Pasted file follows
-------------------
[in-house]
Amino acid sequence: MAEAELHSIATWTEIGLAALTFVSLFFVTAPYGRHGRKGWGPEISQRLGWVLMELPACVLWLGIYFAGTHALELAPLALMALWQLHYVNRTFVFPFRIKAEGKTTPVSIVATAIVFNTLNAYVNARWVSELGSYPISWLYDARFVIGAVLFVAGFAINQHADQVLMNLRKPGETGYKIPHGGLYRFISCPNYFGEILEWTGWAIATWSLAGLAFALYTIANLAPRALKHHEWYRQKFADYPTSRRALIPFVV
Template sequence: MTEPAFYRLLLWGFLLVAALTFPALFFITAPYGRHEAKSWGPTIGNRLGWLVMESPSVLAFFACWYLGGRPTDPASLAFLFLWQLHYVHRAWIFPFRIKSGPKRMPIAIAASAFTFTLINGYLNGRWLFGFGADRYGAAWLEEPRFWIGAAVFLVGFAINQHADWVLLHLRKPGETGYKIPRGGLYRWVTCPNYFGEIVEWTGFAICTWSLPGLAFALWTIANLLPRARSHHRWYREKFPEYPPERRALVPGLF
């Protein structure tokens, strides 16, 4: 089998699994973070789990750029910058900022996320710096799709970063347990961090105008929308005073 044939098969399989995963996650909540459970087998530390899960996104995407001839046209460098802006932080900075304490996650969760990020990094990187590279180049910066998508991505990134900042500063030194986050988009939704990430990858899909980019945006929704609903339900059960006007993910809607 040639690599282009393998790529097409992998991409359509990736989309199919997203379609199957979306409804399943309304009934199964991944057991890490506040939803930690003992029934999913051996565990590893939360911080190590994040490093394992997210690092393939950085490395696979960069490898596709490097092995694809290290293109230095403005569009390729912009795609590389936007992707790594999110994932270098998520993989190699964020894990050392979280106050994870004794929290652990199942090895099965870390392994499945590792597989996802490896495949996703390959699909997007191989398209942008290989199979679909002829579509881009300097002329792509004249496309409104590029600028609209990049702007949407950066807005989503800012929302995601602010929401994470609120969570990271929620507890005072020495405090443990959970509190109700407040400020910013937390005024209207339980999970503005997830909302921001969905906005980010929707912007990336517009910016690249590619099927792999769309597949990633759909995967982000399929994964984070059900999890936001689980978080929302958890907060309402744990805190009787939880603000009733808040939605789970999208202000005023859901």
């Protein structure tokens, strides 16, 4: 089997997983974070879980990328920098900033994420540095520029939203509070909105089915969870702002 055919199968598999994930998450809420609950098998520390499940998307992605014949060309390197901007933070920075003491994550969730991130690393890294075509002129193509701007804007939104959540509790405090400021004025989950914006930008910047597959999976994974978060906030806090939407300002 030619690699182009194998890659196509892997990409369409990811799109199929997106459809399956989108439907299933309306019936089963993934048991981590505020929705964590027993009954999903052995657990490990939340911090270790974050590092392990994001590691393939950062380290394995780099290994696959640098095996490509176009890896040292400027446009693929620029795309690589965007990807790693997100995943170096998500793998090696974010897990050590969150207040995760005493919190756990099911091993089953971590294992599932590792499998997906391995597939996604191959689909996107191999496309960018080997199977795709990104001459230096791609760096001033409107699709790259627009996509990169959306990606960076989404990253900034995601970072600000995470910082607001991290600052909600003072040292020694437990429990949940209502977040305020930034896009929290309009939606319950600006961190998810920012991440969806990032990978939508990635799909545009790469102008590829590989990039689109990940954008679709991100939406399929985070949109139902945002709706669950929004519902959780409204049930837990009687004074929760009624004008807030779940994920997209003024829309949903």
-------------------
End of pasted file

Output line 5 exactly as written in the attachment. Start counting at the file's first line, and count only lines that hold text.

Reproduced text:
């Protein structure tokens, strides 16, 4: 089997997983974070879980990328920098900033994420540095520029939203509070909105089915969870702002 055919199968598999994930998450809420609950098998520390499940998307992605014949060309390197901007933070920075003491994550969730991130690393890294075509002129193509701007804007939104959540509790405090400021004025989950914006930008910047597959999976994974978060906030806090939407300002 030619690699182009194998890659196509892997990409369409990811799109199929997106459809399956989108439907299933309306019936089963993934048991981590505020929705964590027993009954999903052995657990490990939340911090270790974050590092392990994001590691393939950062380290394995780099290994696959640098095996490509176009890896040292400027446009693929620029795309690589965007990807790693997100995943170096998500793998090696974010897990050590969150207040995760005493919190756990099911091993089953971590294992599932590792499998997906391995597939996604191959689909996107191999496309960018080997199977795709990104001459230096791609760096001033409107699709790259627009996509990169959306990606960076989404990253900034995601970072600000995470910082607001991290600052909600003072040292020694437990429990949940209502977040305020930034896009929290309009939606319950600006961190998810920012991440969806990032990978939508990635799909545009790469102008590829590989990039689109990940954008679709991100939406399929985070949109139902945002709706669950929004519902959780409204049930837990009687004074929760009624004008807030779940994920997209003024829309949903």